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In this belated sequel to 'The Decline of the American Empire', 50-something Montreal college professor, Remy, learns that he is dying of liver cancer. He decides to make amends meet to his friends and family before he dies. He first tries to made peace with his ex-wife Louise, who asks their estranged son Sebastian, a successful businessman living in London, to come home. Sebastian makes the impossible happen, using his contacts and disrupting the entire Canadian system in every way possible to help his father fight his terminal illness to the bitter end, while he also tries to reunite his former friends, Pierre, Alain, Dominique, Diane, and Claude to see their old friend before he passes on. Written by
As two men play an arcade game, the bottom of the video screen says, "Press Start to Skip," clearly indicating that the shot is of a pre-game demo rather than that of someone actually playing the game. See more »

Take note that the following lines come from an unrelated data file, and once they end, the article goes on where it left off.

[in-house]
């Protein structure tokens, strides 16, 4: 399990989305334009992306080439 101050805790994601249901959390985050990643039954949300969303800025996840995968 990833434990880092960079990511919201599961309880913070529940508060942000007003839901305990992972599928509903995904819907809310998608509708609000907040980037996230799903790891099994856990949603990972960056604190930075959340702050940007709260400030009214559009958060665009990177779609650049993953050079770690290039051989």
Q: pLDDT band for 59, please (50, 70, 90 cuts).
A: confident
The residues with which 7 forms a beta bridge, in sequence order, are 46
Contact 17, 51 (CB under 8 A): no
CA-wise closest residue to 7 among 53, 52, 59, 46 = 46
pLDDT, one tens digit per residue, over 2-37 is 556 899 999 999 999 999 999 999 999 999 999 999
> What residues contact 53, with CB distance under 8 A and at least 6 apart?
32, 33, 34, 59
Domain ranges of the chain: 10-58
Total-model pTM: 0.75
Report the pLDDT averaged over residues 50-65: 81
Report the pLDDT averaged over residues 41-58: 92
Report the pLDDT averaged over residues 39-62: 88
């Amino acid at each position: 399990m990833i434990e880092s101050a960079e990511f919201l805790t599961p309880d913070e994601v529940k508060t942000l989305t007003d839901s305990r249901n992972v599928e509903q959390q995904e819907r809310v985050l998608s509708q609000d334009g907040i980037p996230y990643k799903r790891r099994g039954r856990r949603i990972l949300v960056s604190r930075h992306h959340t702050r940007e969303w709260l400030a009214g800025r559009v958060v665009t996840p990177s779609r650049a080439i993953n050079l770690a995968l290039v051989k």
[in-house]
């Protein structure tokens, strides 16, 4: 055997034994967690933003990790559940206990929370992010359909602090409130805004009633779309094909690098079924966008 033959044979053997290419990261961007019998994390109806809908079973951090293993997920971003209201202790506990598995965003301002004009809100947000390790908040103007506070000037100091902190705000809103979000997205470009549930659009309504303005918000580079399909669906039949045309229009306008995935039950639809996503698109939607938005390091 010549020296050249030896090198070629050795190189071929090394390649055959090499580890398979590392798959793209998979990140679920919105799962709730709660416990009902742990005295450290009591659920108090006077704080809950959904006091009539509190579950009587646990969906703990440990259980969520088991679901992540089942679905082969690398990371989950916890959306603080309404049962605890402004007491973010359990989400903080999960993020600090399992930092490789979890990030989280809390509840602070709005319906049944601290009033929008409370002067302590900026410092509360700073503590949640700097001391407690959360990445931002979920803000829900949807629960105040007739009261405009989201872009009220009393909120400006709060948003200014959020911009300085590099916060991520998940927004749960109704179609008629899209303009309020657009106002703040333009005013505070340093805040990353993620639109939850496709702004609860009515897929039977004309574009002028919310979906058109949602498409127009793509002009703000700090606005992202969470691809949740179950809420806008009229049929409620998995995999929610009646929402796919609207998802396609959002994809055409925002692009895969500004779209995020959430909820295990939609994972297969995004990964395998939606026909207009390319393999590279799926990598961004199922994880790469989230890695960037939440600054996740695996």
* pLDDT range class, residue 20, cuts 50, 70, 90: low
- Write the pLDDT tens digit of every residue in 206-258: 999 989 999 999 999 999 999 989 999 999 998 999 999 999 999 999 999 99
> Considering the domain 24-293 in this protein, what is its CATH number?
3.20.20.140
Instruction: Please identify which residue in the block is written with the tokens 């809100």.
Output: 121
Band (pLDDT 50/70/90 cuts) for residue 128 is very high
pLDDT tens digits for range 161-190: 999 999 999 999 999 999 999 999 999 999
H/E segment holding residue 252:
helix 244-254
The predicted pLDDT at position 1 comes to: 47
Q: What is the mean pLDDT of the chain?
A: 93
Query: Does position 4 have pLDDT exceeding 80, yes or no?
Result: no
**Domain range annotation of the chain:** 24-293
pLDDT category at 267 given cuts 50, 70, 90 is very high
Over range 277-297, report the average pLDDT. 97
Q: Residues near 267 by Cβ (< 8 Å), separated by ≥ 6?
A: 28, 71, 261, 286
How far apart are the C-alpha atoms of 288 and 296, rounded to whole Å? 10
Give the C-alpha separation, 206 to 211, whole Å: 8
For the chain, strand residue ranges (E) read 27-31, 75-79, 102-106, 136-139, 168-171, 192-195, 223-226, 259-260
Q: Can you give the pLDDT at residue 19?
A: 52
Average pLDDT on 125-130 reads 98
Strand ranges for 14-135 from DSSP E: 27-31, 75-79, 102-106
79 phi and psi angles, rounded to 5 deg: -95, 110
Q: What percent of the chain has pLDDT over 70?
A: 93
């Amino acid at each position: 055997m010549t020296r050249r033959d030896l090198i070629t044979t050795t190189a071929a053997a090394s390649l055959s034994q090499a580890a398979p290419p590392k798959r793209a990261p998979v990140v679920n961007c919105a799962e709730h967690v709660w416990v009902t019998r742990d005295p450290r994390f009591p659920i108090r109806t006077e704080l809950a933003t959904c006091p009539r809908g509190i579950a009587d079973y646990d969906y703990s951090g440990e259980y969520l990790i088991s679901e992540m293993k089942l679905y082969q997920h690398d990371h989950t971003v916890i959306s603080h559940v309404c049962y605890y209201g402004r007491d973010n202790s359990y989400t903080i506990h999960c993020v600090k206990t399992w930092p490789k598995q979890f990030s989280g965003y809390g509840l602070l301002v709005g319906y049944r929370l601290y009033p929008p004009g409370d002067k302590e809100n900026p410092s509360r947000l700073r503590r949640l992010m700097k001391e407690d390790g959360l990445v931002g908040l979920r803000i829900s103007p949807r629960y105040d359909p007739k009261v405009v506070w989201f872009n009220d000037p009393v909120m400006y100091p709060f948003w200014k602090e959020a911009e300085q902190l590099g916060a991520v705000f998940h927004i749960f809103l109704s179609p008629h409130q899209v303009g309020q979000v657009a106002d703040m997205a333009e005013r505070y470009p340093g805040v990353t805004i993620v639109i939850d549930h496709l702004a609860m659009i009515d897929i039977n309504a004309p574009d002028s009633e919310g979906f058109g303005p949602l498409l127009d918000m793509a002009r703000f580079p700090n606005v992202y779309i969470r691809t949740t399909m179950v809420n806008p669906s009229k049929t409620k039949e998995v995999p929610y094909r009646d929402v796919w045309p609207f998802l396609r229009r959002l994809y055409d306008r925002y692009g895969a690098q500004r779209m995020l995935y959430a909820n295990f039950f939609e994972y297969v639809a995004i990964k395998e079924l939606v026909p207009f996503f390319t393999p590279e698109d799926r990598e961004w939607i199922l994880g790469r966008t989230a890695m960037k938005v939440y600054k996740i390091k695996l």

Contrary to belief, the 20th century wasn't that bloody. It's agreed that wars caused 100 million deaths. Add 10 million for the Russian gulags. The Chinese camps, we'll never know, but say 20 million. So 130, 145 million dead. Not all that impressive. In the 16th century, the Spanish and Portuguese managed, without gas chambers or bombs, to slaughter 150 million Indians in Latin America. With axes! That's a lot of work, sister. Even if they had church support, it was an achievement....
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I rented the original film, Decline of the American Empire, before setting out to watch this and I must admit -- it was not very good. In the years since he made it though, Arcand has learned how to direct. Instead of obvious camera setups, there was a precision to what he did here. Instead of the ridiculous tracking shot at the beginning of Decline, Barbarians was in control of the screen at all times. Arcand took the thinnest of reeds -- a man dying -- and made magic out of it.
The story of a child reconciling with a dying parent is older than time. But this movie did it with unique touches of pathos and wit. No character was good or bad. They were both.
This is a movie that was made for family viewing. Not children, mind you. But grownup parents and their progeny. It will leave you with a lot to talk and think about.
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